Former exchange students to Nottingham who are now back in their respective countries shared their views on the current death toll of the pandemic and the impact it has on their personal well-being: “We can feel the pain,” one of them says.
Globally, the number of deaths is increasing.
So far in the UK close to 5,000 people have died from the coronavirus, of which more than 150 of those were reported from the Midlands.
More than 75,900 deaths are reported throughout the world. Italy reported the highest, with over 15,300 deaths.
Audio: Helena Milano, Ventimiglia, Italy
Former Nottingham Trent University linguistic student Helena Milano is from Ventimiglia, Italy, who has been in lockdown for over a month and is devastated about the mortality rate.
Helena finds it hard to concentrate and stay positive but she is grateful for being safely home with her loved ones and her dog. “It‘s very difficult, we are trying to do our best.” For her one outing a day, she takes a walk on the beach to escape the news if only for an hour.
The situation in France is no better than in Italy or Spain is former exchange student to Nottingham University, Ornella Palazzolo’s comments. Everything is shut down and “I just want to wake up when all this is over,” she says.
Her source of information is her cousin who is a nurse at the local hospital who says they are struggling to help everyone and the situation is getting worse by the day, with many dying. “But they do not count the people that are at home and in the centre where there are elderly people.” Ornella admits she is mentally not in a good space.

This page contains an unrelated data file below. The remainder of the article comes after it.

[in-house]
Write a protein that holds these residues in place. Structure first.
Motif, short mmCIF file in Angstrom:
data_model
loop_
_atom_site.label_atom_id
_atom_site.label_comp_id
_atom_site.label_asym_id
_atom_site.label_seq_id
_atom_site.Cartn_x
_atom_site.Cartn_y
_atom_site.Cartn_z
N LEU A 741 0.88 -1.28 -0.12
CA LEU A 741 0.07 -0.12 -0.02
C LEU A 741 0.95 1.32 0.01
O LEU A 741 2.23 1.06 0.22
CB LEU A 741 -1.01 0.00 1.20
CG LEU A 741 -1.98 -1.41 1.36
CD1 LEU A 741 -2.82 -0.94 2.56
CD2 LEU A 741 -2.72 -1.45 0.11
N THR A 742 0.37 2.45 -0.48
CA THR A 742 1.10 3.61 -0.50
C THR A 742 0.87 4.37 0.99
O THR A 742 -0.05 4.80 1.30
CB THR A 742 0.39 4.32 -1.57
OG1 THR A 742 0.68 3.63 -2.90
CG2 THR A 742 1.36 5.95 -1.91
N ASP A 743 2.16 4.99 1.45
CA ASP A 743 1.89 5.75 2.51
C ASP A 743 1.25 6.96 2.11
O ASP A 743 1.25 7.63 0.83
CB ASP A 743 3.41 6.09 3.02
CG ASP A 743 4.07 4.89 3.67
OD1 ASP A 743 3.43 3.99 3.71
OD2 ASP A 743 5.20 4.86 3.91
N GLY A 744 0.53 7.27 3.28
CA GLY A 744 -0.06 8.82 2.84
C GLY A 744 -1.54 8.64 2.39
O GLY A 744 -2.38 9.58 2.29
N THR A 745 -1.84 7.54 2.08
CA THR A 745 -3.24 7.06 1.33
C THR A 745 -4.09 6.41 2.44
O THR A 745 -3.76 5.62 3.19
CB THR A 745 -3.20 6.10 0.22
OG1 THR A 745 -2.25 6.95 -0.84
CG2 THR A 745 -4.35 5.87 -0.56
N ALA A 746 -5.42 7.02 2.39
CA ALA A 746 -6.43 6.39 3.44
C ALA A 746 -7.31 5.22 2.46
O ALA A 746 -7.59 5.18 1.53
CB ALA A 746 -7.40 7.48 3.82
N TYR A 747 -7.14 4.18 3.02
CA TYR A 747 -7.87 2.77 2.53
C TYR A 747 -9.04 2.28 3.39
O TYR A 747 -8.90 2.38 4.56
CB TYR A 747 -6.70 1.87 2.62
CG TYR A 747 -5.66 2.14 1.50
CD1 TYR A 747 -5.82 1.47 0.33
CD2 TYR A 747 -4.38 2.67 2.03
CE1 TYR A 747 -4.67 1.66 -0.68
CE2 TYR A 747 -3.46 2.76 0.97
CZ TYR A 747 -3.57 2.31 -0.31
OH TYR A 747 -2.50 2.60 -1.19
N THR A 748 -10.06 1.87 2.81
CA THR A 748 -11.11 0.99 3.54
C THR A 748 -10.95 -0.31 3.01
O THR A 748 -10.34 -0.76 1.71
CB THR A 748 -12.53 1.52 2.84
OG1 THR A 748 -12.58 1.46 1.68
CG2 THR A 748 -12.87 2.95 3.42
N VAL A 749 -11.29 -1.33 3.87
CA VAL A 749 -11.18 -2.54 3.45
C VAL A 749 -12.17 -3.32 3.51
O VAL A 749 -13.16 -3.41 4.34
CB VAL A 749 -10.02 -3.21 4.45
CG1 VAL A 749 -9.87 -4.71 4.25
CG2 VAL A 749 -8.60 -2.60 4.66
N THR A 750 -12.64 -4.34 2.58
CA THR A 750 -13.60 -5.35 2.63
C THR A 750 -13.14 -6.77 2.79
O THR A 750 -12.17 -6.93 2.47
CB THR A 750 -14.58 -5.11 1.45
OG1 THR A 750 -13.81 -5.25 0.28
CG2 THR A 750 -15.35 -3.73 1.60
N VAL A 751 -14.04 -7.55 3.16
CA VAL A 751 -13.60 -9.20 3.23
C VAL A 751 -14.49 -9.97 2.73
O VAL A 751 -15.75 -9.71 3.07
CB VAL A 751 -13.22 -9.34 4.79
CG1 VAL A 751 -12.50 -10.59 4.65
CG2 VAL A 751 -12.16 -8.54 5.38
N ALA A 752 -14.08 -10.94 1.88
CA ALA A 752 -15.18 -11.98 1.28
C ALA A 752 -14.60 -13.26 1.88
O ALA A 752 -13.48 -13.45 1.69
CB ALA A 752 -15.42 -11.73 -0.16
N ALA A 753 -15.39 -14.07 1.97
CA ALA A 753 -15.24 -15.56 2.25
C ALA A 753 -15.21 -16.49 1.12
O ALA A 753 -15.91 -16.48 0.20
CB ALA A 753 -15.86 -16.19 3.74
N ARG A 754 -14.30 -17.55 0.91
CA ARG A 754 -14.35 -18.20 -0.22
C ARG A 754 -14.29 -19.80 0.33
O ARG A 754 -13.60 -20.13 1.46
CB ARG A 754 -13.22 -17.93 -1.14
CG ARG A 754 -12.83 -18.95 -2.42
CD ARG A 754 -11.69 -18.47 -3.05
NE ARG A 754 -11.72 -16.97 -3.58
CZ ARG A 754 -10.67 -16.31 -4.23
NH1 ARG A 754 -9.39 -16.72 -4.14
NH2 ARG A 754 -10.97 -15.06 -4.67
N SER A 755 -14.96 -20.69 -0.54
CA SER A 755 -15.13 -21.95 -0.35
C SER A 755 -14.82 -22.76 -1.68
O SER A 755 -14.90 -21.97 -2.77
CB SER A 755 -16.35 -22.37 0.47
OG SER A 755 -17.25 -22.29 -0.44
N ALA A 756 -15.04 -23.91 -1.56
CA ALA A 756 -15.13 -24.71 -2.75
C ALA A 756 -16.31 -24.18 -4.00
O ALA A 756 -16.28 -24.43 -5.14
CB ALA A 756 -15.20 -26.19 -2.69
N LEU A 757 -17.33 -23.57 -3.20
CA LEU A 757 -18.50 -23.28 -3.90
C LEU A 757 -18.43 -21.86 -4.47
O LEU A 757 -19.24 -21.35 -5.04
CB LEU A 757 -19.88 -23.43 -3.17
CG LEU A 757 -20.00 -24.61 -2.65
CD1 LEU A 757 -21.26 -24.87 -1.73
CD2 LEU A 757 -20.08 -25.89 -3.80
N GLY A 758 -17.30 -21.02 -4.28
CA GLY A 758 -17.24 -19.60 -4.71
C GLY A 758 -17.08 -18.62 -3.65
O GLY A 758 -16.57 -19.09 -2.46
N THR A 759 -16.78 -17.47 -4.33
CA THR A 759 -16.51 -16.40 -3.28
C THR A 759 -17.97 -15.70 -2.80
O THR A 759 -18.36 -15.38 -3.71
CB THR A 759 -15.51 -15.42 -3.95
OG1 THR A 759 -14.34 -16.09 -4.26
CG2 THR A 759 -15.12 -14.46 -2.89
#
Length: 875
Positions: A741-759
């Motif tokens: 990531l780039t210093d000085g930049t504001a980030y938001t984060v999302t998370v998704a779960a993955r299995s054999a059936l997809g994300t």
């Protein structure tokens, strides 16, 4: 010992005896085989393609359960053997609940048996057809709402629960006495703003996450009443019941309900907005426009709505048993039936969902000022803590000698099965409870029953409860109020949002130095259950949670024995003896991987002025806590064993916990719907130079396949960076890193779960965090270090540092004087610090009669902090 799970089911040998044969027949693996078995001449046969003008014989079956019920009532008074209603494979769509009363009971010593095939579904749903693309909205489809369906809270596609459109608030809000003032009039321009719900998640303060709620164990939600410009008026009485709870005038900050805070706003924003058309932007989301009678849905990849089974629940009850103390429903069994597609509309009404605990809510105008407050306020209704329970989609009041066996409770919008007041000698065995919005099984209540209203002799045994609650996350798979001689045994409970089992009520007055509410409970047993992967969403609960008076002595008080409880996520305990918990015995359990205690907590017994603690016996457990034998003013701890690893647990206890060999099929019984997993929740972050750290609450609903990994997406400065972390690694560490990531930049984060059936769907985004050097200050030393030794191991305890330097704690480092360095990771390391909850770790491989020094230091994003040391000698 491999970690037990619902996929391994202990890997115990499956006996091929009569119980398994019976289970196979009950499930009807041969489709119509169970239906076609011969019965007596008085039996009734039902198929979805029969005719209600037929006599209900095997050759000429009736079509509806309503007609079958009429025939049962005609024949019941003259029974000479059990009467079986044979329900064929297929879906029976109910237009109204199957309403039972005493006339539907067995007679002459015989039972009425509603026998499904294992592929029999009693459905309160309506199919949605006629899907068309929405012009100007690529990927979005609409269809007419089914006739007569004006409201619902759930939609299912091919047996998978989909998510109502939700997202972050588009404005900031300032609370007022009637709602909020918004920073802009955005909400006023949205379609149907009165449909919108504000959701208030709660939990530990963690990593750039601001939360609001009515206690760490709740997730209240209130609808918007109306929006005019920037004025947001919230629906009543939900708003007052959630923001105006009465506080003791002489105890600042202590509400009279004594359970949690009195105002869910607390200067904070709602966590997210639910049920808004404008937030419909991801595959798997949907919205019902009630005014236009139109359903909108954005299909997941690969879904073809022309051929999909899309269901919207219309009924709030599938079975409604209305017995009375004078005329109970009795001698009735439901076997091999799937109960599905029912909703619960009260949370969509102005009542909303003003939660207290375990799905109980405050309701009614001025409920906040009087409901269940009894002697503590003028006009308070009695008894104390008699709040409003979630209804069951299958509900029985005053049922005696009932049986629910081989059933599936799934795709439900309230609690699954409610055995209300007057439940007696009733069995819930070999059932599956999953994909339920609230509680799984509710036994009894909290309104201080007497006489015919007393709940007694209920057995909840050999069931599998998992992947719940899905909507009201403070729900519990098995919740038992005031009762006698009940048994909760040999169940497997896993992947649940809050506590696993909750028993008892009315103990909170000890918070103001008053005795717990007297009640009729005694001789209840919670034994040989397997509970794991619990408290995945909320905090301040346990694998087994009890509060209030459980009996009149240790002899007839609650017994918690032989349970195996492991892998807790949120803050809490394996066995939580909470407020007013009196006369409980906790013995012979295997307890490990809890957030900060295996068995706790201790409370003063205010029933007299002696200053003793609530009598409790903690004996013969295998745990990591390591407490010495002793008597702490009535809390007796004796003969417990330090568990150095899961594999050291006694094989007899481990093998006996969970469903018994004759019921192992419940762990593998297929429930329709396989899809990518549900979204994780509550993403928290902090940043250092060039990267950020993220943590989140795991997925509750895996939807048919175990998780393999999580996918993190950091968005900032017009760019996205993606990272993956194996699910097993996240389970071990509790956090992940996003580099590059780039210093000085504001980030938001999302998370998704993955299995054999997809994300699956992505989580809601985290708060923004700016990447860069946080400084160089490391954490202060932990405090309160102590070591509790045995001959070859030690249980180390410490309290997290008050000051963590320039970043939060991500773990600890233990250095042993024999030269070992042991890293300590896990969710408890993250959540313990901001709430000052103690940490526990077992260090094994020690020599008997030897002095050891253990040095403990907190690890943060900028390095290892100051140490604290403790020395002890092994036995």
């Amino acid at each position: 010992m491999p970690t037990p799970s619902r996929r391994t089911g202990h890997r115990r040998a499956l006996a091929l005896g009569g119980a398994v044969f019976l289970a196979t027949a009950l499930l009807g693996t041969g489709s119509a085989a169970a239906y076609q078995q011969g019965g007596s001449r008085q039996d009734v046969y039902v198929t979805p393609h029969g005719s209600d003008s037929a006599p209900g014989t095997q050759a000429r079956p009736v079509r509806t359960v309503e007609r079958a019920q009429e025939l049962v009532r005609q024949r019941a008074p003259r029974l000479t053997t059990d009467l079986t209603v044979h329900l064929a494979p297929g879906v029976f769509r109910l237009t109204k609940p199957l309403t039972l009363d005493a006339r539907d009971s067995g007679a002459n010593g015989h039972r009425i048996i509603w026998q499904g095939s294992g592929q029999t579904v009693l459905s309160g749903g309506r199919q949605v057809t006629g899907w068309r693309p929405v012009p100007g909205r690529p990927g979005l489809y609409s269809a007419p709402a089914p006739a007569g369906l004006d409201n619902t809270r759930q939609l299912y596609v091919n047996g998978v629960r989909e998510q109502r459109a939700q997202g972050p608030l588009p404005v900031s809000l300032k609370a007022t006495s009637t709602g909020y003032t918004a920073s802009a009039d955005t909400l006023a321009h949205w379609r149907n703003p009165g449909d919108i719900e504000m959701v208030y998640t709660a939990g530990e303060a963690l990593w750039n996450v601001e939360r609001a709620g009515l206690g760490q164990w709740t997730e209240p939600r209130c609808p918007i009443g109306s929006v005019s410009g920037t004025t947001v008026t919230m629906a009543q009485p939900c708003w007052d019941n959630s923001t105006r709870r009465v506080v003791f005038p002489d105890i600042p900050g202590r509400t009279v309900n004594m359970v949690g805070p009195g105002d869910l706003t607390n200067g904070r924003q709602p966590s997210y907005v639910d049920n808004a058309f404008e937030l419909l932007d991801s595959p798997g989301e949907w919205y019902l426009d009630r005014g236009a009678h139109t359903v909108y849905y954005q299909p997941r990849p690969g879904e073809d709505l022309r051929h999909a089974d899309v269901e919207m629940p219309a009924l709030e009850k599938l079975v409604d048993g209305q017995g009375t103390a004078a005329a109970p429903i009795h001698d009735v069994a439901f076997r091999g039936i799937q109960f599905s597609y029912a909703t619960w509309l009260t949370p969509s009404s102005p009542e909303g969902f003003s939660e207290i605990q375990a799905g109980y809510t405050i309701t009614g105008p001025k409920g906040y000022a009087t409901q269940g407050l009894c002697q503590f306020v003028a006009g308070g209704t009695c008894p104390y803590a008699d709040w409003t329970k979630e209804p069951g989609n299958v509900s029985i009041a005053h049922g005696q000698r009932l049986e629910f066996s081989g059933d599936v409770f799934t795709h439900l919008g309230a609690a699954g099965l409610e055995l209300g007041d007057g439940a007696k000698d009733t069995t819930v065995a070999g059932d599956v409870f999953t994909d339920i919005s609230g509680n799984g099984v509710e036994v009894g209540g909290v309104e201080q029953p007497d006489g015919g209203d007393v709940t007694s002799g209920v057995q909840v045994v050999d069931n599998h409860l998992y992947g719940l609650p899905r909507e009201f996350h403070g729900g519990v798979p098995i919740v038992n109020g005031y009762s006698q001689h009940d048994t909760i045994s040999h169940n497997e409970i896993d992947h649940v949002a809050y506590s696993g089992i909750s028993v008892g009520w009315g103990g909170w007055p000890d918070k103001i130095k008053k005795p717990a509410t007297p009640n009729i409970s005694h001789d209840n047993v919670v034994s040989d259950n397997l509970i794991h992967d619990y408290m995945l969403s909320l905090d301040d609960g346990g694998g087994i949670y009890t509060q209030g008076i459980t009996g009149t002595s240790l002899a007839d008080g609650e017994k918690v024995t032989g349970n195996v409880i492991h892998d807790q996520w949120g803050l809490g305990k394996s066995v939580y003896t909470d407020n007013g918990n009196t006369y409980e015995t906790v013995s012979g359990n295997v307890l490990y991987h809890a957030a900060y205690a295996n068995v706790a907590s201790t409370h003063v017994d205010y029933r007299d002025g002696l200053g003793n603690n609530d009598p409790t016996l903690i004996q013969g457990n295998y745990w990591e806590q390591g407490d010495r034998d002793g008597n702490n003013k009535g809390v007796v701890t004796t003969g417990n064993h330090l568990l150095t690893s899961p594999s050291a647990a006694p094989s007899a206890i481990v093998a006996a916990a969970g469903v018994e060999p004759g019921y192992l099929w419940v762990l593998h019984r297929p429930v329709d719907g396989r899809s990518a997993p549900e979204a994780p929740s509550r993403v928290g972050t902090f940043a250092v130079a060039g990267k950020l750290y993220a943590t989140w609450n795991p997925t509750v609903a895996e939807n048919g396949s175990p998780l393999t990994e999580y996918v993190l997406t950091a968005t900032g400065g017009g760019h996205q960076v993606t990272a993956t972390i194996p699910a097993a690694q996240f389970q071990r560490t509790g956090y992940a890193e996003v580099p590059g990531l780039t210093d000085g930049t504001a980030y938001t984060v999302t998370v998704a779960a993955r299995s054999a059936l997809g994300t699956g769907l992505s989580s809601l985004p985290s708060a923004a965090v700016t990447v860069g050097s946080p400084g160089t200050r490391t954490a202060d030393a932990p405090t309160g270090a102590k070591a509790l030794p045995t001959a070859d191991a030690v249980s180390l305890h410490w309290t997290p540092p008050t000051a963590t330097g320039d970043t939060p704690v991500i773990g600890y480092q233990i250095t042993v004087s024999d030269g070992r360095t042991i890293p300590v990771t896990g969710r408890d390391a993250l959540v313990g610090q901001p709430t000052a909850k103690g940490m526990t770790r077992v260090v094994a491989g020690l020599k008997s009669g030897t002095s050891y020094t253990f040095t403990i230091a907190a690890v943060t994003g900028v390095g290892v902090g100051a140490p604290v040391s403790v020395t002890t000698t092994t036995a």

Audio: Ornella Palazzolo, France
Christian Albiña Palmarola is from Chile, South America. His brother is a medical surgeon and his fiancée a nurse, both frontline key workers.
The three of them live together and when asked about his thoughts on the death rise, Christian says he is automatically at risk and there is nothing he can do about it.
He is a former Nottingham University Masters graduate, working from home due to the lockdown. His biggest frustration is the permit you have to obtain in order to go just about anywhere, and calls it “stupid”.
Santiago has never been this quiet, he claims, and that is affecting him mentally, every time he steps out on the balcony and see nothing but buildings and empty highways.
This is what isolation looks like in Santiago, Chile and Ventimiglia, Italy
Country Cases Deaths Recovered
Chile 4,161 27 528
France 68,605 7,560 14,138
Italy 124,632 15,362 20,996
UK 51,608 5,373 135
COVID-19 is an illness that can affect your lungs and airways. It is caused by a virus called coronavirus. Symptoms are a cough, a high temperature and shortness of breath.
Simple measures like washing your hands often with soap and water can help stop viruses like coronavirus spreading. Isolation and self-quarantine slow down the spread too and can save lives.